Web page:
Once again, we have been ashamed at how little we know about the involvement of other countries in the world wars. We attended the Armistice Day service at Invercargill cenotaph and were shocked to learn that 7,000 people from Southland, New Zealand had been killed in World War I. In total, almost 17,000 New Zealanders lost their lives in the war, and at the time the country’s population was only one million.
I later spoke to a campsite owner whose grandfathers had both fought in the war. He spoke of their willingness to go to the other side of the world to fight, saying that he remembers his grandmother referring to England as ‘the motherland’ even though she had never even visited. He also talked about the shock the soldiers had when it all ended. In New Zealand, there were immediate celebrations. This was something that was replicated at the cenotaph memorial - church bells rang out, emergency vehicles sounded their sirens and pigeons were released. But for the campsite owner’s grandfather, it was rather different for him as a soldier on the other side of the world. I’ve never really thought about how strange it must feel to go from fighting a war with every waking moment being dedicated to that cause, to it suddenly being over. It was certainly an eye opening conversation.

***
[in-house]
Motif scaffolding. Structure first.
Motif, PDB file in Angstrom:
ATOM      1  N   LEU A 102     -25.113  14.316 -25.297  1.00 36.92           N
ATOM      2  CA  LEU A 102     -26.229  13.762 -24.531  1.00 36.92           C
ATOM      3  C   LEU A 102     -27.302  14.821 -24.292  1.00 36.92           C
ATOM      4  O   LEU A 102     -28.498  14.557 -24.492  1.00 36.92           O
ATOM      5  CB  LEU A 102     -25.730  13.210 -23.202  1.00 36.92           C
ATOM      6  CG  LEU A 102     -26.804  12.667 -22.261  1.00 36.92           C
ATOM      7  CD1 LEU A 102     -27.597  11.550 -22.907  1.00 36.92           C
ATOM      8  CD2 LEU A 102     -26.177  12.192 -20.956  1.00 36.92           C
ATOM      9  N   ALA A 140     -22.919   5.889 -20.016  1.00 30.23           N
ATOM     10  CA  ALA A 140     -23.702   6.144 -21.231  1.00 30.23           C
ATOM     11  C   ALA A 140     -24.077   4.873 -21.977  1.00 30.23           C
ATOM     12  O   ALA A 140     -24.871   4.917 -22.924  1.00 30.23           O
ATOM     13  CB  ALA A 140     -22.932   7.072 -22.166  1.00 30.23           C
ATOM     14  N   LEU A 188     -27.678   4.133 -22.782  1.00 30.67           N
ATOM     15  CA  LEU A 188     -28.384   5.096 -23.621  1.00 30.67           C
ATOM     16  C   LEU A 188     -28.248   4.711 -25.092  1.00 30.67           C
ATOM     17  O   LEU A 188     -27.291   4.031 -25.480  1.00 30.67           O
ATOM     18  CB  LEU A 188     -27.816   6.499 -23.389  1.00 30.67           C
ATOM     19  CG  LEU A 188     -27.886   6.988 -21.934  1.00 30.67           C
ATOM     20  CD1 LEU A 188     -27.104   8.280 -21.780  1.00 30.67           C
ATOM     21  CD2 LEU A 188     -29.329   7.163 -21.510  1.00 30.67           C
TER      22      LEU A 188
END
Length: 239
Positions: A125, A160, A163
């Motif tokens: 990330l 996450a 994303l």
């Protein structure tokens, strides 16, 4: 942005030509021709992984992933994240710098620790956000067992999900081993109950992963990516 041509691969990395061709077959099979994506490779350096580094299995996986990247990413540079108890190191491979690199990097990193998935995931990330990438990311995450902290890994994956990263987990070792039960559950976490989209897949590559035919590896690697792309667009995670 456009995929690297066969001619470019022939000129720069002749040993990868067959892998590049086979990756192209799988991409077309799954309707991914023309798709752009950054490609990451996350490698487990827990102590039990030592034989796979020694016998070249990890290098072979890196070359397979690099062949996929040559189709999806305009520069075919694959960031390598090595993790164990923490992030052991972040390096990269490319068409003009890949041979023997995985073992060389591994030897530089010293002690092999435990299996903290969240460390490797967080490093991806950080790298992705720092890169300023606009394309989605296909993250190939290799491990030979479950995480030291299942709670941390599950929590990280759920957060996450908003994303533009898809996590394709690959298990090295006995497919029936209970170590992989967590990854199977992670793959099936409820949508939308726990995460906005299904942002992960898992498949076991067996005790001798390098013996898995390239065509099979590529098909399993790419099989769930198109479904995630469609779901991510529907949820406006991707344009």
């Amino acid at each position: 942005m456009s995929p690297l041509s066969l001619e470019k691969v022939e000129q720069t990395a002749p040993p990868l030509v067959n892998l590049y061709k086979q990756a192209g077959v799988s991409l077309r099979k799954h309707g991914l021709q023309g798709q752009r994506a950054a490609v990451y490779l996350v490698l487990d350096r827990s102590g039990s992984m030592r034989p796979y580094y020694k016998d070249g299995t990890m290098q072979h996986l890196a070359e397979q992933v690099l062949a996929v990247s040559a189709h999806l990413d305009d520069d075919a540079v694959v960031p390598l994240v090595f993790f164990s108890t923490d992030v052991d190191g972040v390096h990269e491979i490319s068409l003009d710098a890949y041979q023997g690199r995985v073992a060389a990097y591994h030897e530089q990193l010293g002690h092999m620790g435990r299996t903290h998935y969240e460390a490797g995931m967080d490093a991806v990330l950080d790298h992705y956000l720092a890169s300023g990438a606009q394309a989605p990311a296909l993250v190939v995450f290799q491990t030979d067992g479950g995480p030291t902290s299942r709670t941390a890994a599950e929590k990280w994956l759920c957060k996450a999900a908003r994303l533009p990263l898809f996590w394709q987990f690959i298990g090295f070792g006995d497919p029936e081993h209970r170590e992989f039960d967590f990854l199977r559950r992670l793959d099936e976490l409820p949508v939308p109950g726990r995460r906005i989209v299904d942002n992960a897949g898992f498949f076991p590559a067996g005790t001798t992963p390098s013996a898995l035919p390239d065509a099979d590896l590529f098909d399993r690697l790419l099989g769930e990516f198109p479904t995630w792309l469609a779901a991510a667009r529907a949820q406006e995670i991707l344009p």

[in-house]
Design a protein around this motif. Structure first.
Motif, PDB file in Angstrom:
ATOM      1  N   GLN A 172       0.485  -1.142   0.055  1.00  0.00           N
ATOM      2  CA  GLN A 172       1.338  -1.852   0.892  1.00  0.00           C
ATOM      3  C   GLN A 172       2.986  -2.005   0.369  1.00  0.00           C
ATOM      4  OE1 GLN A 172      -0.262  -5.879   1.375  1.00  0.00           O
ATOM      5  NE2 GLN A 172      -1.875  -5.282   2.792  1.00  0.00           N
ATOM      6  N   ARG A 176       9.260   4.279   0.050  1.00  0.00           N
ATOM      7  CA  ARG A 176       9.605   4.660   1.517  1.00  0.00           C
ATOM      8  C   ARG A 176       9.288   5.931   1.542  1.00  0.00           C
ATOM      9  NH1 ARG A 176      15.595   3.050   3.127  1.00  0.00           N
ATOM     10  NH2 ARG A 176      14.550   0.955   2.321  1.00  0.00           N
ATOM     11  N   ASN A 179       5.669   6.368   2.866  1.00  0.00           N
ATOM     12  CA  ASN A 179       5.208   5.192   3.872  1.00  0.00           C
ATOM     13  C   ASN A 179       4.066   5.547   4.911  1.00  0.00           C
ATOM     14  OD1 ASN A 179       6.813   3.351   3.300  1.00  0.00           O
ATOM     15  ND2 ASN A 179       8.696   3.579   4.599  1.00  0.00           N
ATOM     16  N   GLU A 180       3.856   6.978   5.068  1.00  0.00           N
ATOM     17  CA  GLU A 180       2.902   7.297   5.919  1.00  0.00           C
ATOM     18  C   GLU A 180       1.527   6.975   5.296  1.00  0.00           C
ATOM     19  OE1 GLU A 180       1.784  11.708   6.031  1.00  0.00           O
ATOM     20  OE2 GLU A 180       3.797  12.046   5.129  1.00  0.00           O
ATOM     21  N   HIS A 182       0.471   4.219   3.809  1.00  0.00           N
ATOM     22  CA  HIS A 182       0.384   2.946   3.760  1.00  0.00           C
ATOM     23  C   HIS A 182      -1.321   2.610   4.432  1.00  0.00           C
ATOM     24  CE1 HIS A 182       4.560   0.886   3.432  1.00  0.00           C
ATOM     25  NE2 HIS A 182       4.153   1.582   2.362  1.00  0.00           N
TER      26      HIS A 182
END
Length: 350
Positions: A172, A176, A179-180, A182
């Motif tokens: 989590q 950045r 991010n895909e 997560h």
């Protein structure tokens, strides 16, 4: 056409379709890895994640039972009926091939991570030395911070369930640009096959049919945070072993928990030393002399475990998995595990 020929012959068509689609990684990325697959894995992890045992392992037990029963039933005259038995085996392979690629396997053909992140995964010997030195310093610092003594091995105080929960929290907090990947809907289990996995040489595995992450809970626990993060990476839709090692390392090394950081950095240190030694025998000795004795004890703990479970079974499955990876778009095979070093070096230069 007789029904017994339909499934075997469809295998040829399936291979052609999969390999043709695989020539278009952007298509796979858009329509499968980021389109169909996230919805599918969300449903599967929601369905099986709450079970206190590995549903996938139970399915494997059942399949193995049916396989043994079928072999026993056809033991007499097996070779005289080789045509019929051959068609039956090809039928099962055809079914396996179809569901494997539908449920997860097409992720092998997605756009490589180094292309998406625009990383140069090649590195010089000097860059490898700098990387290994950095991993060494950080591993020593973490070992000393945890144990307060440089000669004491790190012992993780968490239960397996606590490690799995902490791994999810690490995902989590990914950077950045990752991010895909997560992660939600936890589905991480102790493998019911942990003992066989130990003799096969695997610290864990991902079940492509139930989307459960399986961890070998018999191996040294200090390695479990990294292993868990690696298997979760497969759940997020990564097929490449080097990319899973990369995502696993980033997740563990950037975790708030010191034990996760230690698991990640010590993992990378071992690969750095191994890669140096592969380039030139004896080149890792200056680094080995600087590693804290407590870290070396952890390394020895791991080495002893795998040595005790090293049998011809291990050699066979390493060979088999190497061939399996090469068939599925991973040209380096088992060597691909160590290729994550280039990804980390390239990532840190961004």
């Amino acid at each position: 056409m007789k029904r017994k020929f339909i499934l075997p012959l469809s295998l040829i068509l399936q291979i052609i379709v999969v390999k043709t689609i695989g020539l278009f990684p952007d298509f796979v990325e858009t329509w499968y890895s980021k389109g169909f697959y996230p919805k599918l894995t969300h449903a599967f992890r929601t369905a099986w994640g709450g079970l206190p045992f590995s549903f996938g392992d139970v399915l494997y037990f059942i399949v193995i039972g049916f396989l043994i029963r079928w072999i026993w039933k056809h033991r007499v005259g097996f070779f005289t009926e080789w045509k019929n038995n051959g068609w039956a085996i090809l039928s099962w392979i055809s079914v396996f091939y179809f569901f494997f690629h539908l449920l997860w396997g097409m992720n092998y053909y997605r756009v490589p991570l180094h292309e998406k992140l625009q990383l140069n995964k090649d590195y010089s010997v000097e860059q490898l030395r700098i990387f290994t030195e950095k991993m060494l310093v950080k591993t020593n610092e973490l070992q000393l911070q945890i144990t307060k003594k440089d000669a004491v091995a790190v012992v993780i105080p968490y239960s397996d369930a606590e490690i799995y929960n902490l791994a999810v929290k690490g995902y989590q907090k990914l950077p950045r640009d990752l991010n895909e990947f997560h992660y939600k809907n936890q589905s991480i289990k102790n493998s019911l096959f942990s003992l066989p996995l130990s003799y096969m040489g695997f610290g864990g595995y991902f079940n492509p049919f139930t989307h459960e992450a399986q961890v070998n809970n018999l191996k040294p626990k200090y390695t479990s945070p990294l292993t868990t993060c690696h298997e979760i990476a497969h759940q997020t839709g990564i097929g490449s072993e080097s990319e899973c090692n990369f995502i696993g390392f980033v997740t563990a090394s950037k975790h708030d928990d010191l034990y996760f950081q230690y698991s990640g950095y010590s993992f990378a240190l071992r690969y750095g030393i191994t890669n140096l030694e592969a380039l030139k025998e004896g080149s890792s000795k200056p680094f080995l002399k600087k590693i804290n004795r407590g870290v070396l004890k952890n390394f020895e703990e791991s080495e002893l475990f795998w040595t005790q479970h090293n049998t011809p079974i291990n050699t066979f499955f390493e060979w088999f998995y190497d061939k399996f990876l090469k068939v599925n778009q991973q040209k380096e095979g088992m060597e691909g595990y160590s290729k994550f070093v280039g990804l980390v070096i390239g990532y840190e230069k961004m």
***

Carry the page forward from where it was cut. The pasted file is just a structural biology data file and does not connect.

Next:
The service itself was very interesting as you could clearly see the different cultures that have made New Zealand the place it is today. Many of the readings and poems were in both English and Maori. We were standing next to a row of retired servicemen, all of whom had medals. One of them was a Maori, and other people touched foreheads with him to greet him. There was also an obvious Scottish influence to elements of the service with the pipers in their kilts. About a quarter of the population of New Zealand is of Scottish decent, and many of Invercargill’s road names reflect this heritage.
We are more grateful than ever to those who gave their today so that we can have our tomorrow.